cases cited by the Government, Beeler v. United States,
224 F. Supp. 973 (W.D.Pa. 1964), reversed on other grounds,
338 F.2d 687 (3rd Cir. 1964); Utzinger v. United States, 246 F. Supp. 1022
(S.D.Ohio 1965); Tankredereit Gefion A/S v. United States,
241 F. Supp. 83 (E.D.Mich. 1964) do support that proposition, this
court believes that the 1960 amendment had no such purpose.
The original purpose of the 1920 Suits in Admiralty Act was to
free government shipping, both ships and cargo, from the
inconvenience of arrest and seizure, and in lieu thereof to
provide a remedy by a libel in personam for persons entitled to
redress from the United States by reason of the operation of
government ships or the transportation of government cargo.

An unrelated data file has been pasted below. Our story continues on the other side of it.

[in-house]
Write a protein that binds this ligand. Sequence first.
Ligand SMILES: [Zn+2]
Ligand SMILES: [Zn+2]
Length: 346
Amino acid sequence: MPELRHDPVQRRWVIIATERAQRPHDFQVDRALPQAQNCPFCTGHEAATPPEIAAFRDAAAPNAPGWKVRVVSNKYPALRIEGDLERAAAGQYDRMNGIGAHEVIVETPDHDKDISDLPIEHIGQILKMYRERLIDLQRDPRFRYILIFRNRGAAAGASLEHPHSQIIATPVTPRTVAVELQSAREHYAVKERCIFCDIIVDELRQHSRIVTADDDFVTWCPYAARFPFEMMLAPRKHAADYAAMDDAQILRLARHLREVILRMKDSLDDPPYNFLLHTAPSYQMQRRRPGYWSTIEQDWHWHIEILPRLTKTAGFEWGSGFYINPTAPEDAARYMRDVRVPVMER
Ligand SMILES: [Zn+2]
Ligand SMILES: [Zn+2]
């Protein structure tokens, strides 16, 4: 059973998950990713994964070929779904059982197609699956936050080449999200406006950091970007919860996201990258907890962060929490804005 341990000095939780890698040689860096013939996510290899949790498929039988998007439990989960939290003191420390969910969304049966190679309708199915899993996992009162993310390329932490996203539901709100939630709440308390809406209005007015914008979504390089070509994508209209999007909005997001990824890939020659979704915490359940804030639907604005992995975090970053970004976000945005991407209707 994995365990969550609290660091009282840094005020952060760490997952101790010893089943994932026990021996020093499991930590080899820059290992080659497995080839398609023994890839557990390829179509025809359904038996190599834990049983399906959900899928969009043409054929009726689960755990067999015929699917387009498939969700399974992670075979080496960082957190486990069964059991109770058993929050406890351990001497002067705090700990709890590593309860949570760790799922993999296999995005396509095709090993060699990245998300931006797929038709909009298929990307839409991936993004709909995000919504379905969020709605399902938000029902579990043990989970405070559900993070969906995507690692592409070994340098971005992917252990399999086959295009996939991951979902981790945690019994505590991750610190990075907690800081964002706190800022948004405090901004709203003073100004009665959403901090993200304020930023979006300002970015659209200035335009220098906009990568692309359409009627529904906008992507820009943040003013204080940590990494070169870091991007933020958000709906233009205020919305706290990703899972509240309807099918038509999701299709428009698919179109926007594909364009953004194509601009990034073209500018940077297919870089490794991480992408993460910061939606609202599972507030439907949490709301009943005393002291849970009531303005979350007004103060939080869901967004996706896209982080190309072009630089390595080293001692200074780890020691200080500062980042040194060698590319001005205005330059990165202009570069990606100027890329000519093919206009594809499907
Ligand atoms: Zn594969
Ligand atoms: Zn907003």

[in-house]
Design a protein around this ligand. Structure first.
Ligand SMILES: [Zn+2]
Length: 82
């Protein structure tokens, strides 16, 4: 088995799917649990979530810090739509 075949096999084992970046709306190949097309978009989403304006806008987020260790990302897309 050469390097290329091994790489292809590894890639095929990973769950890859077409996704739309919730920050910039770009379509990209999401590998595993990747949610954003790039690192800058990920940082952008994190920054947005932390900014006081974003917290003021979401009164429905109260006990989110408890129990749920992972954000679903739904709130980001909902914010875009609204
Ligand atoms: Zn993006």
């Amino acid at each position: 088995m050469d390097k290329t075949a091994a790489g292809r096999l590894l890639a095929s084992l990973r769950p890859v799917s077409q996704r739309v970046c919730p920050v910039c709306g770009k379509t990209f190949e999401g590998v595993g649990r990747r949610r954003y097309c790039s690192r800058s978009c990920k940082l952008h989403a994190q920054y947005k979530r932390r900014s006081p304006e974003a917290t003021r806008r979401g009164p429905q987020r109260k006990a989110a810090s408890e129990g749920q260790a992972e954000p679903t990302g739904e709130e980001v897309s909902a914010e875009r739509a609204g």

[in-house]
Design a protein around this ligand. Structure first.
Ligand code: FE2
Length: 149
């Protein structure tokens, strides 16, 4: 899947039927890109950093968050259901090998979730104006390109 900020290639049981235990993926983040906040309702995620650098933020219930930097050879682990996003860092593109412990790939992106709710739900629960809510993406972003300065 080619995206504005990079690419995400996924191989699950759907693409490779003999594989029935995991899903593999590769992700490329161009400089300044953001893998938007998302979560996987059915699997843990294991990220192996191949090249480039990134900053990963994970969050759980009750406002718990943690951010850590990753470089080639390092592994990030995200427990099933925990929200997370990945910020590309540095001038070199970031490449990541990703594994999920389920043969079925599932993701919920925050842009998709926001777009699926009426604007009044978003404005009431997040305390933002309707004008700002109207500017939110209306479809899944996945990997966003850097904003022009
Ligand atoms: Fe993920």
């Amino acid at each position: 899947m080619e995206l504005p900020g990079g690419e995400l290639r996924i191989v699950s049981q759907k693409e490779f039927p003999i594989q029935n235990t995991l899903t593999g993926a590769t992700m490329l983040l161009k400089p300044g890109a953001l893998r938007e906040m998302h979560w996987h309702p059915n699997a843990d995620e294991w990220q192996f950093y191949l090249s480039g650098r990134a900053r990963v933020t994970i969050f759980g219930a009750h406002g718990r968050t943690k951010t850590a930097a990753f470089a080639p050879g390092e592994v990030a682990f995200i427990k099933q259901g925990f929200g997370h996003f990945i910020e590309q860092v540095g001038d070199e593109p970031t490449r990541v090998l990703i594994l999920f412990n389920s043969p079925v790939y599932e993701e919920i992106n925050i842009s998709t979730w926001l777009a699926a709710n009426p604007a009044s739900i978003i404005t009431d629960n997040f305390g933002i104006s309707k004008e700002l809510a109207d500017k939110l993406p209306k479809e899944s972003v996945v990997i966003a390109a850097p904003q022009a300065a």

Prudential Steamship Corporation v. United States, 220 F.2d 655
(2nd Cir. 1955). The 1960 Amendment was not intended to change
this basic purpose of the statute by enlarging the jurisdiction
it conferred but was merely an attempt to alleviate the problems
stemming from the fact that suits against the United States
involving certain maritime transactions could be brought either
in the Court of Claims under the Tucker Act, 28 U.S.C. § 1346,
1491, or in the District Court under the Public Vessels Act, or
Suits in Admiralty Act. See U.S.Code Cong. and Admin.News, 86th
Cong. 2nd Sess., Vol. 2, pp. 3583, 3584 (1960). Because of
certain confusing language in the statutes suits were often
erroneously filed under one statute in one court and then
dismissed because it was too late to refile the suit under the
correct statute in the other court. The amendment, therefore,
authorized transfer of cases between the District Courts and
Court of Claims and vice versa while tolling the statute of
limitations. 28 U.S.C. § 1406(c), 1506. To eliminate the cause
of the problem the confusing language was clarified or
eliminated. The requirement in the Suits in Admiralty Act that
the Government vessel be operated as a "merchant vessel" which
had created the most confusion and had given rise to the